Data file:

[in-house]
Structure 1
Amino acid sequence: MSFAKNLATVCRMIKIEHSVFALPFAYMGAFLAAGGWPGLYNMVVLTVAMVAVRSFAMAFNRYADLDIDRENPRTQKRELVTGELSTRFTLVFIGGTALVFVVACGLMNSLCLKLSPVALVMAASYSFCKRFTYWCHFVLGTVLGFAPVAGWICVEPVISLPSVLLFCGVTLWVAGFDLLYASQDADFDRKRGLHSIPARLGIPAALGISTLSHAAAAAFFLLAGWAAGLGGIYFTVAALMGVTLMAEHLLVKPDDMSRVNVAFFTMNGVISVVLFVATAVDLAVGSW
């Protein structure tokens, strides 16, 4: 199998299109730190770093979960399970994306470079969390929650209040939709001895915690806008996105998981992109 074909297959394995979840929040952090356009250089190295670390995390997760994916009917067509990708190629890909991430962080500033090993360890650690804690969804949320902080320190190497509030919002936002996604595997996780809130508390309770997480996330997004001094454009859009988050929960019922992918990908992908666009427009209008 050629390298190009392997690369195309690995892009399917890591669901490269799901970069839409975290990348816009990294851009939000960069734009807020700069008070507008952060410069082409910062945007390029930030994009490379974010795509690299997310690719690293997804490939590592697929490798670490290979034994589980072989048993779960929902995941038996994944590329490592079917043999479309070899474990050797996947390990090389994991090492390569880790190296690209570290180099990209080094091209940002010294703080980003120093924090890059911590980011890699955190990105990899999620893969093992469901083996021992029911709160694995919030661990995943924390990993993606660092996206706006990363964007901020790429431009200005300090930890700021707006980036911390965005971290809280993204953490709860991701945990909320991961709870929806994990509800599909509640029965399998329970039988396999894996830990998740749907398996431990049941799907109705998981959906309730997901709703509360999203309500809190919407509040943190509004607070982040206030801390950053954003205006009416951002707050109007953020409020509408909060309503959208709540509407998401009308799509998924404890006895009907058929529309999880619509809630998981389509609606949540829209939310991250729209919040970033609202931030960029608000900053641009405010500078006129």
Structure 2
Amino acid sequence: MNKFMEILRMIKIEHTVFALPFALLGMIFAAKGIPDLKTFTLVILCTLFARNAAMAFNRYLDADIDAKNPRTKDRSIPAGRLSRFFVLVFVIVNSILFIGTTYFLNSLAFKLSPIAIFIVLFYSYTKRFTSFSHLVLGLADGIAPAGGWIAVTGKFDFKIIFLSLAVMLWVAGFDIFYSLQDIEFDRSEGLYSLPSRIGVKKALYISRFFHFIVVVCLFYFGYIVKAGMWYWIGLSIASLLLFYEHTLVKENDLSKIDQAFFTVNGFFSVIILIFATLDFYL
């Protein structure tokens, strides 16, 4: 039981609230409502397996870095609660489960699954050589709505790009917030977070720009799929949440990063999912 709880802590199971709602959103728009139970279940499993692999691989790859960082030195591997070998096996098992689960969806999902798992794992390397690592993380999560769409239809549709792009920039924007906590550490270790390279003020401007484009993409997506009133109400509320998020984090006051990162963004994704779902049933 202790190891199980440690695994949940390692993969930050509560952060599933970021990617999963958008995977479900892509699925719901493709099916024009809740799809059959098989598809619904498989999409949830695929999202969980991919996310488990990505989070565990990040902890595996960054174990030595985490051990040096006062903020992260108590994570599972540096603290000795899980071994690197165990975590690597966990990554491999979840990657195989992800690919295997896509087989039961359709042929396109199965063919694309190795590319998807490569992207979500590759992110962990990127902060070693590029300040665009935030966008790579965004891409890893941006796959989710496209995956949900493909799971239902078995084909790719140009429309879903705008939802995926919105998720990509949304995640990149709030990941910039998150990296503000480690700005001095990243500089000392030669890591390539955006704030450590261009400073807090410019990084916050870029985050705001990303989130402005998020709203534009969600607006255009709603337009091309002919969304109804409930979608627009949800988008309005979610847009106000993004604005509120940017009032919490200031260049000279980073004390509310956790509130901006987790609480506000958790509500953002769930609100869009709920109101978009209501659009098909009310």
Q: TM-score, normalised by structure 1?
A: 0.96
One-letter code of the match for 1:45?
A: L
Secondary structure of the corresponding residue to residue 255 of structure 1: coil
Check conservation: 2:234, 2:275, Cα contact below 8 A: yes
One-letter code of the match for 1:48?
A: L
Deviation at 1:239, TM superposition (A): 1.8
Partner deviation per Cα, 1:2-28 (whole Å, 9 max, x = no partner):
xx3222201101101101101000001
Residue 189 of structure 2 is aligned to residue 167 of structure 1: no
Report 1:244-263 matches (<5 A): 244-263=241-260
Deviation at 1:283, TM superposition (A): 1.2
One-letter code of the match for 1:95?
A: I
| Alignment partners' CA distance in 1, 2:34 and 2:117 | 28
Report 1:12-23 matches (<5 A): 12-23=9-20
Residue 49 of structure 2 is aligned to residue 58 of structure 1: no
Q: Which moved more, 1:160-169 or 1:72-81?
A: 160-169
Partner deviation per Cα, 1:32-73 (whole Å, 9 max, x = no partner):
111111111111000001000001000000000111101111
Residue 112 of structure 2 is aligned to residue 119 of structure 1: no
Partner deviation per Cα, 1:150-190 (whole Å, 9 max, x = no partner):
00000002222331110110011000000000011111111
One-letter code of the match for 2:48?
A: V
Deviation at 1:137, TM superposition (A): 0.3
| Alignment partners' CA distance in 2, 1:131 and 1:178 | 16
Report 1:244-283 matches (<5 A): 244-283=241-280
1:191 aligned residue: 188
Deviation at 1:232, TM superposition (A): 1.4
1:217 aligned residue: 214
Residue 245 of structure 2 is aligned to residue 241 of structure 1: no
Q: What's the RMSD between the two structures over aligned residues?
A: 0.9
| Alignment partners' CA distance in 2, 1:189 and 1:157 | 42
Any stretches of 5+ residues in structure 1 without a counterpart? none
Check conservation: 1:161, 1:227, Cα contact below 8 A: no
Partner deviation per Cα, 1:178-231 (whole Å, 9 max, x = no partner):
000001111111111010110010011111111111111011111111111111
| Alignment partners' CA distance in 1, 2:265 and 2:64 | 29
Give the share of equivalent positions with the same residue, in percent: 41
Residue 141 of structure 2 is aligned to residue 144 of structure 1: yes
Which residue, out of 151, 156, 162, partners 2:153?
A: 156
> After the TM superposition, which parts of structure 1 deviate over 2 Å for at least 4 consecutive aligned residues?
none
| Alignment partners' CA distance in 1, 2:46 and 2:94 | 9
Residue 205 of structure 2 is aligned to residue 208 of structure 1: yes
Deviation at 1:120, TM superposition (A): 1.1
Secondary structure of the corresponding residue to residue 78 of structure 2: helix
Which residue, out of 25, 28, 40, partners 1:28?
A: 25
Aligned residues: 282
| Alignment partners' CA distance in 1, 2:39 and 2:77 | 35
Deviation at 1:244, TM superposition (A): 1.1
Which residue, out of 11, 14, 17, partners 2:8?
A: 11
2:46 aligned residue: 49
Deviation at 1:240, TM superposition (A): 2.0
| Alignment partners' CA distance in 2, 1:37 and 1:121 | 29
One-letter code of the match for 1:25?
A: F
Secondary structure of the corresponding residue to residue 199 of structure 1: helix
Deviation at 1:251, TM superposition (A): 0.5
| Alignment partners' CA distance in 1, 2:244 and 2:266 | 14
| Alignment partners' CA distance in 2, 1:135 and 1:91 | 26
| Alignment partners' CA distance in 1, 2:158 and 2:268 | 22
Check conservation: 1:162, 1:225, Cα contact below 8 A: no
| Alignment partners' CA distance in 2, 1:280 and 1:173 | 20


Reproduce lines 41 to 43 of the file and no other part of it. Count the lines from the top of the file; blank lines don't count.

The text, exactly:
1:217 aligned residue: 214
Residue 245 of structure 2 is aligned to residue 241 of structure 1: no
Q: What's the RMSD between the two structures over aligned residues?